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REN: Revista de Estudios Norteamericanos




Número 16 - 2012



Ana Manzanas & Jesús Benito, Cities, Borders and Spaces in Intercultural American Literature and Film




Call For Papers for Our Next Conference

"'Fear Narratives' and their Role/Use in the United States"

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17)"Good Fear, Bad Fear: Apocalyptic Plagues, Cautionary Tales, and Risk Criticism"
Panel Chair: Begoña Simal González, Universidade da Coruña
E-mail: bsimal@udc.es  


In the spring of 2020 human hubris received an eye-opening blow in the form of a devastating pandemic. Probably the most positive lesson we derived from that crisis was the equally contagious feeling of solidarity, born of the increasing awareness of our shared vulnerability as inhabitants of the same planet. That "good" sobering fear, however, could easily mutate and be redeployed as "bad" fear. World history, and American history in particular, abounds in outbreaks of panic. Mixed with anger, that BAD FEAR often takes the shape of "scapegoating": in order to assuage one's anxiety, one puts the blame on a given person or group, usually an ethnic or racialized community (e.g. the Jews in Nazi Germany). The US was no exception: African Americans during/after slavery, Chinese immigrants in the 19th century, people of Japanese ancestry after Pearl Harbor... Such panic can also lead to sheer survival instincts and an exacerbation of individualist, selfish drives, so common in dystopias and post-apocalyptic narratives (e.g. McCarthy's The Road); and, more rarely, it can lead to paralysis or an "ostrich" reaction of denial.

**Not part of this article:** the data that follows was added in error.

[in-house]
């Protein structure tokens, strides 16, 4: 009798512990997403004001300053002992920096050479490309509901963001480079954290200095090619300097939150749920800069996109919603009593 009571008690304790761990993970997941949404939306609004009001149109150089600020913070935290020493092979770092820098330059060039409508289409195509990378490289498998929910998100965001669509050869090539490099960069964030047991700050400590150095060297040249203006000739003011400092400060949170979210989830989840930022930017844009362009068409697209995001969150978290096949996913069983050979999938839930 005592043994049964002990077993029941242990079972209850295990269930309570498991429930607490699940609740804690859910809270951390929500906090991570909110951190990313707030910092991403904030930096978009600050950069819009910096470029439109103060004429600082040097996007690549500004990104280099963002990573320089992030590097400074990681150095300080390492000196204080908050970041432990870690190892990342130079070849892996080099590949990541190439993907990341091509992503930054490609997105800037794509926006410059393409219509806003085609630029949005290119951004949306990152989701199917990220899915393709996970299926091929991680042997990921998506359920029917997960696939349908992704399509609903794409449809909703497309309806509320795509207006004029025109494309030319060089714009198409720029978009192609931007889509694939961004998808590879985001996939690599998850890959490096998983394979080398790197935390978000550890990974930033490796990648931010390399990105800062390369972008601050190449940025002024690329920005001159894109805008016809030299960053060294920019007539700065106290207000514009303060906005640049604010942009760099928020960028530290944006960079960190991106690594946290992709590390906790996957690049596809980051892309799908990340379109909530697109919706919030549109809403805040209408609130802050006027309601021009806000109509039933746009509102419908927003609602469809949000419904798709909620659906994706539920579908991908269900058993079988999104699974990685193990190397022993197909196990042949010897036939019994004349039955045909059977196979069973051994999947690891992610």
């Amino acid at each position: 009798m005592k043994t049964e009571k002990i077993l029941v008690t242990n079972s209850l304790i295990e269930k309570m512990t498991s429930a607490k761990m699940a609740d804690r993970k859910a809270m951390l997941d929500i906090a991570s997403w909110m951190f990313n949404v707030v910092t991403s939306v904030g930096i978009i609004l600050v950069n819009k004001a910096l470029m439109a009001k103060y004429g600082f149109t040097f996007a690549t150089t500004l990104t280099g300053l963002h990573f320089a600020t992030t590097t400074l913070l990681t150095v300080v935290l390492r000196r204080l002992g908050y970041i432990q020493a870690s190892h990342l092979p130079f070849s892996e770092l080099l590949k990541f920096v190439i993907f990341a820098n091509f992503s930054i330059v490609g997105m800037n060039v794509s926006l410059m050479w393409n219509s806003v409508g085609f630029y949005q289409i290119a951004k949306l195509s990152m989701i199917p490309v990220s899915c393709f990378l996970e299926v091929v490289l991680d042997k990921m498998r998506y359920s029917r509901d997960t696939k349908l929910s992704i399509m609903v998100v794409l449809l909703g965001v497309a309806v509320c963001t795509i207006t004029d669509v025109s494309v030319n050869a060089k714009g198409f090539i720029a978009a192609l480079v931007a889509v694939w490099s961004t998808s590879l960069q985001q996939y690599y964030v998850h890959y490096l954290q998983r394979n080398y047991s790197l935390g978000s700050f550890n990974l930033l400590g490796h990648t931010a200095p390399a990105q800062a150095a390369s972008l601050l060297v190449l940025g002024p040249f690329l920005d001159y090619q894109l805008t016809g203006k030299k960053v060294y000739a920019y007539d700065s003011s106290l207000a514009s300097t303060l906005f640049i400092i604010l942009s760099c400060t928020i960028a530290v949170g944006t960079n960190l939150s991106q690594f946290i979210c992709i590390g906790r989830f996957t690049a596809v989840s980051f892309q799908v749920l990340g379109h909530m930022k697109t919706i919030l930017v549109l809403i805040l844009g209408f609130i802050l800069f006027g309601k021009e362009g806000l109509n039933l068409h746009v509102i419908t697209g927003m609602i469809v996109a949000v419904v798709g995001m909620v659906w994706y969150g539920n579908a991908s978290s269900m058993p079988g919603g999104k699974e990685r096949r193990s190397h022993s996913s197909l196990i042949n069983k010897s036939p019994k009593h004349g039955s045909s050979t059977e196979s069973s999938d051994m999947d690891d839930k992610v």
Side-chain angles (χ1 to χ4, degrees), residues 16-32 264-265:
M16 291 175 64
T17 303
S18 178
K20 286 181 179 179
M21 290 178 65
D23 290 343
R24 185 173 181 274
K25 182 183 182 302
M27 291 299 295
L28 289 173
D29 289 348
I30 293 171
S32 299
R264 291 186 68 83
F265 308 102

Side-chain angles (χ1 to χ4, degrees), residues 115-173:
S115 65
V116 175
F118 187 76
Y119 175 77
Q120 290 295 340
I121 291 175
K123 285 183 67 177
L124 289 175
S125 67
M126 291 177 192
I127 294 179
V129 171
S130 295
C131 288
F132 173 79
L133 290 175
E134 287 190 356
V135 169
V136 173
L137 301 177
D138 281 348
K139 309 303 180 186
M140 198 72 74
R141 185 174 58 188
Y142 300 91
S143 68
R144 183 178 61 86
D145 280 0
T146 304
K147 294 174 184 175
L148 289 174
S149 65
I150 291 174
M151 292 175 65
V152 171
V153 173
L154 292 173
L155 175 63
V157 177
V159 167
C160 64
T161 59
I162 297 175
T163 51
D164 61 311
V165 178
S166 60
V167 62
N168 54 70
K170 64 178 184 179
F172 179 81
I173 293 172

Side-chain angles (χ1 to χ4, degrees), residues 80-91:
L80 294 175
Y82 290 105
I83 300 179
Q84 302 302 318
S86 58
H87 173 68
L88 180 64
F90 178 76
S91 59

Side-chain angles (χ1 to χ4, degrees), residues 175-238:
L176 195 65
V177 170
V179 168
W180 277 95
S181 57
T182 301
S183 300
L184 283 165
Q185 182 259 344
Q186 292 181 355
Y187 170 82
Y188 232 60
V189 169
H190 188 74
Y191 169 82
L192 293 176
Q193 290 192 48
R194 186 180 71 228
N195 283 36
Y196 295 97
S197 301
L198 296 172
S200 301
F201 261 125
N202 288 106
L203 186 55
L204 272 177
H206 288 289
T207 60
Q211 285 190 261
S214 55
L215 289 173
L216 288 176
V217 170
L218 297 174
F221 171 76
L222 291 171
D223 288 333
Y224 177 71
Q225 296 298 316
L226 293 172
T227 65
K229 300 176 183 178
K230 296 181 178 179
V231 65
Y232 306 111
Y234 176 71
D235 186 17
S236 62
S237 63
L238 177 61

What about the "GOOD FEAR"? As mentioned above, the 2020 pandemic seemed to bring about a positive type of fear, more akin to caution, that managed to elicit compassion and solidarity across generational, class, gender and national frontiers. Its very global scope held a promise that a real planetary consciousness might emerge. This was a "good fear," the kind that prompts us to be cautious and take care of other human beings and, I would add, the planet. In our attempt to read some narratives of fear as cautionary tales, Risk Criticism (Beck, Wallace) can prove quite illuminating.

I encourage participants to explore good/bad fear narratives in American culture, by focusing, among others, on the following:

o "Good fear" narratives as cautionary tales;

o Planetary consciousness and risk criticism;

o "Bad fear" narratives: Plagues and social/biological slippages;

o Apocalyptic narratives: Paralyzing or awakening?;

o Waste theory: Narratives of literal/metaphorical waste(scapes).



Abstracts of Proposals are to be e-mailed directly to the chair of the selected panel using this form. The deadline for submitting abstracts is October 15, 2020. Panel chairs are expected to accept/reject proposals and have panels set up by November 15.


Non-members of SAAS (of all nationalities) are welcome to participate in the conference, but will be required to pay membership dues for one year as well as the conference registration fee. Members of ASA (American Studies Association), AISNA (Associazione Italiana di Studi Nor-Americani), APEAA (Portuguese Association for Anglo-American Studies) and HELAAS (Hellenic Association for American Studies) need only pay the conference registration fee.

Further guideliness for participants can be found here.

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